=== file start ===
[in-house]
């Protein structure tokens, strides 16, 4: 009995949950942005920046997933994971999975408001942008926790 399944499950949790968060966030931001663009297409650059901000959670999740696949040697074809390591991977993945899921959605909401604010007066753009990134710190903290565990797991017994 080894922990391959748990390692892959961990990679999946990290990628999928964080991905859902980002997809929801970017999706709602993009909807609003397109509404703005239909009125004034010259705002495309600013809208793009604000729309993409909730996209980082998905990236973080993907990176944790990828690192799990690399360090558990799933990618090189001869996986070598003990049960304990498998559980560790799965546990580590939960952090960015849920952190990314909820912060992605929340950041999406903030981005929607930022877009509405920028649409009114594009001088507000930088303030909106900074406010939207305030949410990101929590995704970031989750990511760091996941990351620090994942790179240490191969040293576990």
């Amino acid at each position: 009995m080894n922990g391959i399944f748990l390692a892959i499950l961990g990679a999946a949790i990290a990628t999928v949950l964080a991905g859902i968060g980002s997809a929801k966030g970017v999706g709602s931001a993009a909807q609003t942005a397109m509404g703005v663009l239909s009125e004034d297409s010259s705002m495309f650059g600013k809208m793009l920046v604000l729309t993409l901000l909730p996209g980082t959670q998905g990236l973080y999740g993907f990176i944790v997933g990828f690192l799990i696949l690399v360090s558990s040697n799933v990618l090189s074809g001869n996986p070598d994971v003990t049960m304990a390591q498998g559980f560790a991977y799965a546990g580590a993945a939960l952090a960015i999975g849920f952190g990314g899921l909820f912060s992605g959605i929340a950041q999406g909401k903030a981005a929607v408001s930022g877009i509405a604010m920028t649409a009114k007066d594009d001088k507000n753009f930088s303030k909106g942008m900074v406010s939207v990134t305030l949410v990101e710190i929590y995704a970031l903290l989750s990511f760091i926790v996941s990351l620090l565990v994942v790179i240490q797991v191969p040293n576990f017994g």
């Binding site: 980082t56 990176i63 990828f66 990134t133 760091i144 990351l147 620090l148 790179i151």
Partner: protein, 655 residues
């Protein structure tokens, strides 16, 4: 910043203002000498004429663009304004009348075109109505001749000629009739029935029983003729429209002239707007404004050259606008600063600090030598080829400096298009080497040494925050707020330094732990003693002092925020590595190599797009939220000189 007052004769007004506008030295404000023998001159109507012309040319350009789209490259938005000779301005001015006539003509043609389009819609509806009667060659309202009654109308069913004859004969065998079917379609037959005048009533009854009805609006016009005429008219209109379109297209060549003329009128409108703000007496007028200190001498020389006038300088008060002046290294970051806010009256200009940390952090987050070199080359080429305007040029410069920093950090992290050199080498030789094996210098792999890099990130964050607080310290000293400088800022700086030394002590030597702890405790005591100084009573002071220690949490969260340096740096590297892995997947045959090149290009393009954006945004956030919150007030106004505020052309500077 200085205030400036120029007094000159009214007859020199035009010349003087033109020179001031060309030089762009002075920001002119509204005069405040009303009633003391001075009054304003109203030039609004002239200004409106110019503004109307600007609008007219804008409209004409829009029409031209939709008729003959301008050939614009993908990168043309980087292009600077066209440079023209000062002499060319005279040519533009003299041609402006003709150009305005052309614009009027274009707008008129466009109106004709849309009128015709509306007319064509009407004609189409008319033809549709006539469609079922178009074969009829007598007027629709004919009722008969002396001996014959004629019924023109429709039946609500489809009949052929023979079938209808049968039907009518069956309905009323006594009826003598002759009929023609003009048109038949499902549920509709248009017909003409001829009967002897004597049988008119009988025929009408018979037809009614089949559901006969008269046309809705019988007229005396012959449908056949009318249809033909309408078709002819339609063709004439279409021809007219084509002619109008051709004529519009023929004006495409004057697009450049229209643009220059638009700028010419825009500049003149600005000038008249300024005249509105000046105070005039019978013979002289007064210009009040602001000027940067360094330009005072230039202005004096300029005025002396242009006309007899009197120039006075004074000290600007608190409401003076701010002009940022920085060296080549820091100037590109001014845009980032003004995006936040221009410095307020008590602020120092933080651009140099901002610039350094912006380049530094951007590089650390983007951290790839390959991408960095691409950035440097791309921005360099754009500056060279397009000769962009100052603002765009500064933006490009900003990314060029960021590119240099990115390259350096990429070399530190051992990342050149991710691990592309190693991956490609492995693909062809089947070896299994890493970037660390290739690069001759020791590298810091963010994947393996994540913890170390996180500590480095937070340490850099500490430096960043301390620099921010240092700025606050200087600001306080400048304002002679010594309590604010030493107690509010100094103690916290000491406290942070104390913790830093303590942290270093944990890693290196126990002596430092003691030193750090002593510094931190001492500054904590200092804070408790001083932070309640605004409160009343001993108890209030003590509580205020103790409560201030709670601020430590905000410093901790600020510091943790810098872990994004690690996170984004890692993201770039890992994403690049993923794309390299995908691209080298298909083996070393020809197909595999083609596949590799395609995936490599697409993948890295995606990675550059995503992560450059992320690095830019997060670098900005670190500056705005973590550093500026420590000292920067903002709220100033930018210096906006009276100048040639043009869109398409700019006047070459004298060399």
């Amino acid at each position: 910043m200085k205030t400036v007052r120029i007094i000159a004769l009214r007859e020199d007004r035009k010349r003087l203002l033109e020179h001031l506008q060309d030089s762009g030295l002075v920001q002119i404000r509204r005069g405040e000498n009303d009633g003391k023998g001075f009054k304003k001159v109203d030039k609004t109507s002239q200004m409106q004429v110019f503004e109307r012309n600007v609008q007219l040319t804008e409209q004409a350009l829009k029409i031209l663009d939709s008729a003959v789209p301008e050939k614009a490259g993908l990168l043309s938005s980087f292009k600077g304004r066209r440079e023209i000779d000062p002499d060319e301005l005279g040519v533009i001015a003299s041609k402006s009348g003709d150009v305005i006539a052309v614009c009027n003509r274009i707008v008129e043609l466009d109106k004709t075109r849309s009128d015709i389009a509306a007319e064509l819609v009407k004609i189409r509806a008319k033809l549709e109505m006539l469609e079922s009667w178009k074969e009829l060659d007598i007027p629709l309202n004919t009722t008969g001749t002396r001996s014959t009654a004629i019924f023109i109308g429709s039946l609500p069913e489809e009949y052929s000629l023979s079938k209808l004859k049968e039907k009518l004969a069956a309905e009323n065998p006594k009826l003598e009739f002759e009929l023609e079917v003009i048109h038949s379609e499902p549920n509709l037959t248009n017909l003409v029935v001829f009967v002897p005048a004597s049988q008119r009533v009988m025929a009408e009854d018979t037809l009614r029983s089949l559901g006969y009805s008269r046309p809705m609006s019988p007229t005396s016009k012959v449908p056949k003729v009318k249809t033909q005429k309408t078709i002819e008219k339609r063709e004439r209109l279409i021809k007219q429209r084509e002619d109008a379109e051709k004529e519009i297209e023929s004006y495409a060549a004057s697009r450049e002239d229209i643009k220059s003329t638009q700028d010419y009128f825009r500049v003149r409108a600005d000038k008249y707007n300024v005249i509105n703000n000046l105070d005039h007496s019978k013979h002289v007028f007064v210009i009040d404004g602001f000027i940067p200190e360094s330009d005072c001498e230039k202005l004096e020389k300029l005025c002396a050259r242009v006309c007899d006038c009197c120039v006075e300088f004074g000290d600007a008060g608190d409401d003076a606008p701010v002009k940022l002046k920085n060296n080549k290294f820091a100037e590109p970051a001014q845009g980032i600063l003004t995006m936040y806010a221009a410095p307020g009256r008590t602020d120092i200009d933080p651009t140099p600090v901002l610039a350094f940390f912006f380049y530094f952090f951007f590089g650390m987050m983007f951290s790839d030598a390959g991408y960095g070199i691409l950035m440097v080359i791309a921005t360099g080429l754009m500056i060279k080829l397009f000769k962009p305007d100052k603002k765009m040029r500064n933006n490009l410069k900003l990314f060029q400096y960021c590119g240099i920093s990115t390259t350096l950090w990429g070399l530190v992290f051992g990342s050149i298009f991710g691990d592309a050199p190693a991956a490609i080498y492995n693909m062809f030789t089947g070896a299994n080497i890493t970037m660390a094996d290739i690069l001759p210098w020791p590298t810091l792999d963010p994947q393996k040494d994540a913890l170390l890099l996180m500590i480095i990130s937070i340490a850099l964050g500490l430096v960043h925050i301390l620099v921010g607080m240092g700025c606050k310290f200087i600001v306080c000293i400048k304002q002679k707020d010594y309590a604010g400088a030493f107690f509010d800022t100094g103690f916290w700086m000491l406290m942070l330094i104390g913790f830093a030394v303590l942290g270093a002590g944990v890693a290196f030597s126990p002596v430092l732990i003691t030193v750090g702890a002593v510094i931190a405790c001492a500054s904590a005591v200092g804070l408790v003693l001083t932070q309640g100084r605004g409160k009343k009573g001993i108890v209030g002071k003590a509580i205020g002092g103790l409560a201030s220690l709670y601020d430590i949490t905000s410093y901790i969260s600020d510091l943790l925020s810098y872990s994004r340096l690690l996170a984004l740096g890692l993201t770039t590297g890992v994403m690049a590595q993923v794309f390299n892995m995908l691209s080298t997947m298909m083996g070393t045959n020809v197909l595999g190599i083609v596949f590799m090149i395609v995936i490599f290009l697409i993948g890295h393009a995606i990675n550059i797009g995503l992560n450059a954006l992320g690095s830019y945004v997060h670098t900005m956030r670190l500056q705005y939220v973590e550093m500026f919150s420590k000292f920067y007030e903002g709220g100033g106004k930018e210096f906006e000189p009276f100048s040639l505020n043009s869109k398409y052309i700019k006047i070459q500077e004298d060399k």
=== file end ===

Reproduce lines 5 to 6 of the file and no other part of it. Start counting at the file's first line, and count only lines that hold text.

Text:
Partner: protein, 655 residues
């Protein structure tokens, strides 16, 4: 910043203002000498004429663009304004009348075109109505001749000629009739029935029983003729429209002239707007404004050259606008600063600090030598080829400096298009080497040494925050707020330094732990003693002092925020590595190599797009939220000189 007052004769007004506008030295404000023998001159109507012309040319350009789209490259938005000779301005001015006539003509043609389009819609509806009667060659309202009654109308069913004859004969065998079917379609037959005048009533009854009805609006016009005429008219209109379109297209060549003329009128409108703000007496007028200190001498020389006038300088008060002046290294970051806010009256200009940390952090987050070199080359080429305007040029410069920093950090992290050199080498030789094996210098792999890099990130964050607080310290000293400088800022700086030394002590030597702890405790005591100084009573002071220690949490969260340096740096590297892995997947045959090149290009393009954006945004956030919150007030106004505020052309500077 200085205030400036120029007094000159009214007859020199035009010349003087033109020179001031060309030089762009002075920001002119509204005069405040009303009633003391001075009054304003109203030039609004002239200004409106110019503004109307600007609008007219804008409209004409829009029409031209939709008729003959301008050939614009993908990168043309980087292009600077066209440079023209000062002499060319005279040519533009003299041609402006003709150009305005052309614009009027274009707008008129466009109106004709849309009128015709509306007319064509009407004609189409008319033809549709006539469609079922178009074969009829007598007027629709004919009722008969002396001996014959004629019924023109429709039946609500489809009949052929023979079938209808049968039907009518069956309905009323006594009826003598002759009929023609003009048109038949499902549920509709248009017909003409001829009967002897004597049988008119009988025929009408018979037809009614089949559901006969008269046309809705019988007229005396012959449908056949009318249809033909309408078709002819339609063709004439279409021809007219084509002619109008051709004529519009023929004006495409004057697009450049229209643009220059638009700028010419825009500049003149600005000038008249300024005249509105000046105070005039019978013979002289007064210009009040602001000027940067360094330009005072230039202005004096300029005025002396242009006309007899009197120039006075004074000290600007608190409401003076701010002009940022920085060296080549820091100037590109001014845009980032003004995006936040221009410095307020008590602020120092933080651009140099901002610039350094912006380049530094951007590089650390983007951290790839390959991408960095691409950035440097791309921005360099754009500056060279397009000769962009100052603002765009500064933006490009900003990314060029960021590119240099990115390259350096990429070399530190051992990342050149991710691990592309190693991956490609492995693909062809089947070896299994890493970037660390290739690069001759020791590298810091963010994947393996994540913890170390996180500590480095937070340490850099500490430096960043301390620099921010240092700025606050200087600001306080400048304002002679010594309590604010030493107690509010100094103690916290000491406290942070104390913790830093303590942290270093944990890693290196126990002596430092003691030193750090002593510094931190001492500054904590200092804070408790001083932070309640605004409160009343001993108890209030003590509580205020103790409560201030709670601020430590905000410093901790600020510091943790810098872990994004690690996170984004890692993201770039890992994403690049993923794309390299995908691209080298298909083996070393020809197909595999083609596949590799395609995936490599697409993948890295995606990675550059995503992560450059992320690095830019997060670098900005670190500056705005973590550093500026420590000292920067903002709220100033930018210096906006009276100048040639043009869109398409700019006047070459004298060399």